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Warsaw, Poland

The pathogens commonly causing the upper respiratory tract infections: Staphylococcus aureus, Streptococcus pyogenes, Streptococcus pneumoniae, nontypeable Haemophilus influenzae and Moraxella catarrhalis are able to exist within host cells in human upper respiratory tract. They may be found both in homogenates of the adenoids and tonsils and inside epithelial and monocyte/macrophage cells isolated from these tissues. The bacteria also invade epithelium of middle ear mucosa. They are alive and can multiply in the cytoplasm. Numerous adhesins are responsible for a tight attachment of bacterial cells to epithelial and endothelial cells as well as to lymphocytes. These adhesins mediate bacterial internalization by human cells. Some bacteria, e.g. S. aureus, are able to persist viable within host cell compartments for several days in high numbers. Bacterial persistence in the cellular interior allows evading immunological defences and bactericidal activity of antimicrobials, thereby creating an intercellular reservoir of pathogenic and/or opportunistic bacteria. Antibacterial agents, even when are applied in doses exceeding the MIC values, do not eradicate these bacteria from the intracellular compartment. This feature of intracellular bacteria resembles the characteristic attributes of biofilms, i.e. their increased tolerance to bactericidal antimicrobials. Source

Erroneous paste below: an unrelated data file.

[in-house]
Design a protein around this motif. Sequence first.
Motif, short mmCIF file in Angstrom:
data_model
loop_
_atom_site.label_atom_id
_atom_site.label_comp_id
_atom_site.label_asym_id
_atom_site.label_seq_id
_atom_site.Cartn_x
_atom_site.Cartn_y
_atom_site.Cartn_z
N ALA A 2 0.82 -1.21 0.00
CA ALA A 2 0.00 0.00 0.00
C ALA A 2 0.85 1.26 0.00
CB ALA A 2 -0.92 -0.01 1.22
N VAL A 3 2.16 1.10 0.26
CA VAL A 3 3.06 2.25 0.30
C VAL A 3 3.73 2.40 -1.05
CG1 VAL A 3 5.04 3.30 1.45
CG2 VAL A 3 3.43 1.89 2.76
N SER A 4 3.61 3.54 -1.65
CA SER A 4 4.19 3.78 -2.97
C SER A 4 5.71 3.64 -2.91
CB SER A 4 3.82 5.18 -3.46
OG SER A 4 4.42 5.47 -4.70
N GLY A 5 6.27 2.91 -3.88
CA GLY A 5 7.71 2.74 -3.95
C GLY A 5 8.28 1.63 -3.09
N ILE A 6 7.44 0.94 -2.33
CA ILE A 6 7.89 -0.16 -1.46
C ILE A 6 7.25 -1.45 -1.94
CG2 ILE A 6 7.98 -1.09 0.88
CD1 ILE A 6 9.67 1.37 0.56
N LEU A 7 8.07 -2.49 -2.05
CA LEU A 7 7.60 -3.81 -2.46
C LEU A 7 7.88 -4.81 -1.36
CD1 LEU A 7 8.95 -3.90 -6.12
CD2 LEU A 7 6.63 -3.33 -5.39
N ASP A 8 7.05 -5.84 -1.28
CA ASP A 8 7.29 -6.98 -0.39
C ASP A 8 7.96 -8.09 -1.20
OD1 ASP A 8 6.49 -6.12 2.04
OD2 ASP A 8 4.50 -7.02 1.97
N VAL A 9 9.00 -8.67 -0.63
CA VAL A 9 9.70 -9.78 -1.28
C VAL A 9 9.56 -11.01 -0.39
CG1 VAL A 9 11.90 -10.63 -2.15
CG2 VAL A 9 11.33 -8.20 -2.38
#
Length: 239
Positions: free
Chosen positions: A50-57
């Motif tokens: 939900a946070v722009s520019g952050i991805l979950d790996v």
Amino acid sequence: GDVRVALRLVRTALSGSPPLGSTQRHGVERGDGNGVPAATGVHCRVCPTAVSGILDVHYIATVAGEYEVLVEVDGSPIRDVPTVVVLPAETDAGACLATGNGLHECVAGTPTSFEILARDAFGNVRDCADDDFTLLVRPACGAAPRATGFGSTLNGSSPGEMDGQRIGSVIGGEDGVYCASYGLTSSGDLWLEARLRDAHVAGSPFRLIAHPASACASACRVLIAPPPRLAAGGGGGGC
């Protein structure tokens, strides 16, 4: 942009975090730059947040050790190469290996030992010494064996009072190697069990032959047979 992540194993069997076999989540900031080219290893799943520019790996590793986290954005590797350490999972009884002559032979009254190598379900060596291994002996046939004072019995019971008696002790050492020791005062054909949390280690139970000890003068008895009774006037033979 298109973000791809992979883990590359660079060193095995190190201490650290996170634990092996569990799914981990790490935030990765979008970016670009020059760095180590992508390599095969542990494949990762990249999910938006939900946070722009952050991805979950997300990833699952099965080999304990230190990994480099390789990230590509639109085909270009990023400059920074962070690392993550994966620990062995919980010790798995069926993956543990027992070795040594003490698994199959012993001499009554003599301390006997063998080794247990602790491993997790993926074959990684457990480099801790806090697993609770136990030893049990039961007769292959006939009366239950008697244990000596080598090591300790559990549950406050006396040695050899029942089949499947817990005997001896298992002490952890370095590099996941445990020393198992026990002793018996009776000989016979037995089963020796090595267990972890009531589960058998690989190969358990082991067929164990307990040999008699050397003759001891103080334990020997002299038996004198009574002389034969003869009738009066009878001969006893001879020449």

Multi-species biofilms form in many natural settings: water, soil or even on dust particles in the air. These biofilms can be also found in the industrial water distribution systems, on surfaces of the metalworking fluids tanks, in food production plants, etc. Many chronic infections involve multi-species biofilms; moreover, commensal vaginal flora or dental plaque bacteria may create such complex microbial consortia. In order to study the composition of microbial community several molecular methods have to be employed; among them metagenomics and proteomics are the most promising. Confocal microscopy in conjunction with fluorescence in situ hybridization as well as the atomic force microscopy are both very useful techniques to study the three-dimensional structure of the mixed-species biofilms. However, many technical obstacles may occur with these consortia during experimentation, e.g., how to grow multi-species biofilms with high reproducibility regarding the quantitative composition of these communities, and whether it is possible to quantitative by assess the metabolic activity and virulence of particular species when grown together in multi-species biofilm. The knowledge of specific traits of multi-species biofilms may contribute to better understanding of the etiology of infectious diseases, increase the efficiency of energy production in microbial fuel cells and lower the cost of biofouling prevention. Source